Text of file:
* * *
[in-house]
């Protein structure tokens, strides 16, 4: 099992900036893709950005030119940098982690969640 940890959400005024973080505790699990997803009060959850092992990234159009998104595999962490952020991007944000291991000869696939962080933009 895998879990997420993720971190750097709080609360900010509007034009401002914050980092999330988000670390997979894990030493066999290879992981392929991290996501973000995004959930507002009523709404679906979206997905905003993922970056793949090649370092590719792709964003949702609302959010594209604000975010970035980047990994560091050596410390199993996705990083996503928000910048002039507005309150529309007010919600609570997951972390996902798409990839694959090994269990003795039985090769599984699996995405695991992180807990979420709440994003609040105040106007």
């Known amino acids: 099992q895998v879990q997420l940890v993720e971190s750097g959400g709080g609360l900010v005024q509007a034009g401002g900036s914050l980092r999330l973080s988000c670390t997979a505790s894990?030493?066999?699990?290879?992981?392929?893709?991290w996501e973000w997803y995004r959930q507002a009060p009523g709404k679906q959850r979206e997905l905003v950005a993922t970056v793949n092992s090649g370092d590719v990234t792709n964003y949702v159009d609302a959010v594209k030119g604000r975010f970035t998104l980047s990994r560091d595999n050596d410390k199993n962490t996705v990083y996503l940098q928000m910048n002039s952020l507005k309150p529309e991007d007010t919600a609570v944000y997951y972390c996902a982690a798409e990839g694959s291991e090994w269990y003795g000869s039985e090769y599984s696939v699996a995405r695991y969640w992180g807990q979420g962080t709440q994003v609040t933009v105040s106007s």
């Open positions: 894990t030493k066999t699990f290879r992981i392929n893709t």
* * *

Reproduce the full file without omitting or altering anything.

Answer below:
[in-house]
């Protein structure tokens, strides 16, 4: 099992900036893709950005030119940098982690969640 940890959400005024973080505790699990997803009060959850092992990234159009998104595999962490952020991007944000291991000869696939962080933009 895998879990997420993720971190750097709080609360900010509007034009401002914050980092999330988000670390997979894990030493066999290879992981392929991290996501973000995004959930507002009523709404679906979206997905905003993922970056793949090649370092590719792709964003949702609302959010594209604000975010970035980047990994560091050596410390199993996705990083996503928000910048002039507005309150529309007010919600609570997951972390996902798409990839694959090994269990003795039985090769599984699996995405695991992180807990979420709440994003609040105040106007």
């Known amino acids: 099992q895998v879990q997420l940890v993720e971190s750097g959400g709080g609360l900010v005024q509007a034009g401002g900036s914050l980092r999330l973080s988000c670390t997979a505790s894990?030493?066999?699990?290879?992981?392929?893709?991290w996501e973000w997803y995004r959930q507002a009060p009523g709404k679906q959850r979206e997905l905003v950005a993922t970056v793949n092992s090649g370092d590719v990234t792709n964003y949702v159009d609302a959010v594209k030119g604000r975010f970035t998104l980047s990994r560091d595999n050596d410390k199993n962490t996705v990083y996503l940098q928000m910048n002039s952020l507005k309150p529309e991007d007010t919600a609570v944000y997951y972390c996902a982690a798409e990839g694959s291991e090994w269990y003795g000869s039985e090769y599984s696939v699996a995405r695991y969640w992180g807990q979420g962080t709440q994003v609040t933009v105040s106007s």
């Open positions: 894990t030493k066999t699990f290879r992981i392929n893709t």